The writer is one who refuses to be silenced, who continues to carry the powerful and illuminating justice of the written word forward in the face of opposition.
Before running blindly to the calls of free coffee and sweets at Shiru Café, I would only ask my fellow students to think deeply about the principled choice at hand.
Congressman O’Rourke’s campaign has shown me hope, progress, and success that I never believed imaginable. The politics of the possible is alive in Texas, fueled by the people who have come together to realize it.
We must emphatically embrace a world where — out of desires for peace and cooperation — the strong do what they should.
In the wake of Mark Zuckerberg's congressional hearings, senior columnist Kaveh Badrei '20 argues our legislators are unable to navigate through the internet's increasingly technical details.
This sort of universal student activism is something quite powerful to absorb. Through such a massive move of participation, change is possible, and progress is reachable. We must come together more as a student body for the causes that afflict, touch, and inspire us to show our strength, make our voices heard, and take a direct and undeniable stand. To be students in “the service of humanity,” we must act more boldly, more passionately, and more powerfully as advocates for the change that we wish to effect.
Wiley’s art and its depiction of former U.S. President Barack Obama stands as a testament not only to the legacy of Barack Obama in the consciousness of American history but also to the ideals and aspirations that we — as the people — in the United States can only hope to witness again in the role of the President.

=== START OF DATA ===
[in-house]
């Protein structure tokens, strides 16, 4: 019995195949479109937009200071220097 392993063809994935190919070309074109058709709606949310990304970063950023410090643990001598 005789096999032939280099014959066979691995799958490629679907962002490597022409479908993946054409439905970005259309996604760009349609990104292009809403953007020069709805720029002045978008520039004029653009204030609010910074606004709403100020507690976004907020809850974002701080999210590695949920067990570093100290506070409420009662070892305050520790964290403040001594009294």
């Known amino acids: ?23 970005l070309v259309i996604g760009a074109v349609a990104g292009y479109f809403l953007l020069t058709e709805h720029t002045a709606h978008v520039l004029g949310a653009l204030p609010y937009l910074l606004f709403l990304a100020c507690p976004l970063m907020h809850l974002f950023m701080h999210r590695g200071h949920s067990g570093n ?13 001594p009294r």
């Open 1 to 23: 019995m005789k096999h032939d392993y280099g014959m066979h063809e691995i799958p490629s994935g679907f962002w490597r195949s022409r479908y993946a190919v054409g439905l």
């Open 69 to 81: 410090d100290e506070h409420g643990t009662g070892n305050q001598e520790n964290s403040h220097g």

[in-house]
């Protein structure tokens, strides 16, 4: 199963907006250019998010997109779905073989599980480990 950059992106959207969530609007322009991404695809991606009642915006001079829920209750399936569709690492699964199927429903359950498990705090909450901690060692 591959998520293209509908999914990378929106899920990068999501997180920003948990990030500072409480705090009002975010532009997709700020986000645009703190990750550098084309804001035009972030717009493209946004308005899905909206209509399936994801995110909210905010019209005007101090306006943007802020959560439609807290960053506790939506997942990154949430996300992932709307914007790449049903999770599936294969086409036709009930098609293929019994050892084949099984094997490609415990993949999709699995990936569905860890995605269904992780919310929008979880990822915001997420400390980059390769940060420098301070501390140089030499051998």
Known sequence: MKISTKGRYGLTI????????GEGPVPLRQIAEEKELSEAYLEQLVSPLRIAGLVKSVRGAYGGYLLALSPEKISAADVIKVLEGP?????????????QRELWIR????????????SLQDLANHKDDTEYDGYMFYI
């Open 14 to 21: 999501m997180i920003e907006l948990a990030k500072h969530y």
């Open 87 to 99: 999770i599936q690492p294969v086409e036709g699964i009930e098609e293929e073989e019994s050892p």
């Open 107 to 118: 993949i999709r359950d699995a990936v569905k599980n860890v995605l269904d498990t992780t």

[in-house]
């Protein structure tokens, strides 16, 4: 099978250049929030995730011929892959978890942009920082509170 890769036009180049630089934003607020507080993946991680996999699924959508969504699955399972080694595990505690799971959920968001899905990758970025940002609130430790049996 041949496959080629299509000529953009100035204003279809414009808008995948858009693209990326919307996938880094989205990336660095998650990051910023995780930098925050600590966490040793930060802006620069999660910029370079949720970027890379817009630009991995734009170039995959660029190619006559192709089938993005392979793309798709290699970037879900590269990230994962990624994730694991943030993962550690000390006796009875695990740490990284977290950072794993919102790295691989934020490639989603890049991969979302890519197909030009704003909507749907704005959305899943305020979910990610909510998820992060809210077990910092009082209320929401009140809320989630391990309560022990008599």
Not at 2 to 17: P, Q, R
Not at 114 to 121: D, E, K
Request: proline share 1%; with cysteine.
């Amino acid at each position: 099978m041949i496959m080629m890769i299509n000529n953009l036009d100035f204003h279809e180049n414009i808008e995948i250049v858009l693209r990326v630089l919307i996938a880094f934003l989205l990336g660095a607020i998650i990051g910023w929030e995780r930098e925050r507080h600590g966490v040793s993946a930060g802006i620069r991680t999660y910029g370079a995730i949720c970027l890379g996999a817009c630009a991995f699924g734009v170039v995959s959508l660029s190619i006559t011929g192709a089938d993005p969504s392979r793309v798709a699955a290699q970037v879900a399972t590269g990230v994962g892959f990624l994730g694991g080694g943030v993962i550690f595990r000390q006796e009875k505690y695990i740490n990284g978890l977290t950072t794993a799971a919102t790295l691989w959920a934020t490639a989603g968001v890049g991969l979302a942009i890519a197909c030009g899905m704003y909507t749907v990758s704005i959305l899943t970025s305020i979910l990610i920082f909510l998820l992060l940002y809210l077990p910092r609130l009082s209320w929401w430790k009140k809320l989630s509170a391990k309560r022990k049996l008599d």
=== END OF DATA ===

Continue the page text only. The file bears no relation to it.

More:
An increasingly antagonistic political relationship stemming from the 1979 American hostage crisis has rendered American consciousness largely unresponsive and apparently uncaring towards the people of Iran.
More and more, the political environment of the United States has become concerned with symbols. In this environment, great questions of morality, justice, progress, and even philosophy are infused into national dialogue through symbology. Symbols appear on both sides of the political spectrum, emanating not only from the leaders in our democracy, but also the voices of the people. The symbols are not pictures or logos, nor insignias or crests; these symbols are the actions, the decisions, the conduct, and the ultimate successes and failures of our political system entirely.
On Monday, Oct. 9, Emmy-award winning actor, rapper, and activist Riz Ahmed came to Princeton to speak about his own South Asian and Muslim identities in the spheres of society and art. Ahmed broke ground for his performance in HBO’s “The Night Of” as not only the first South Asian man to win any Emmy at all for acting but also the first Muslim or Asian to win the award in this category.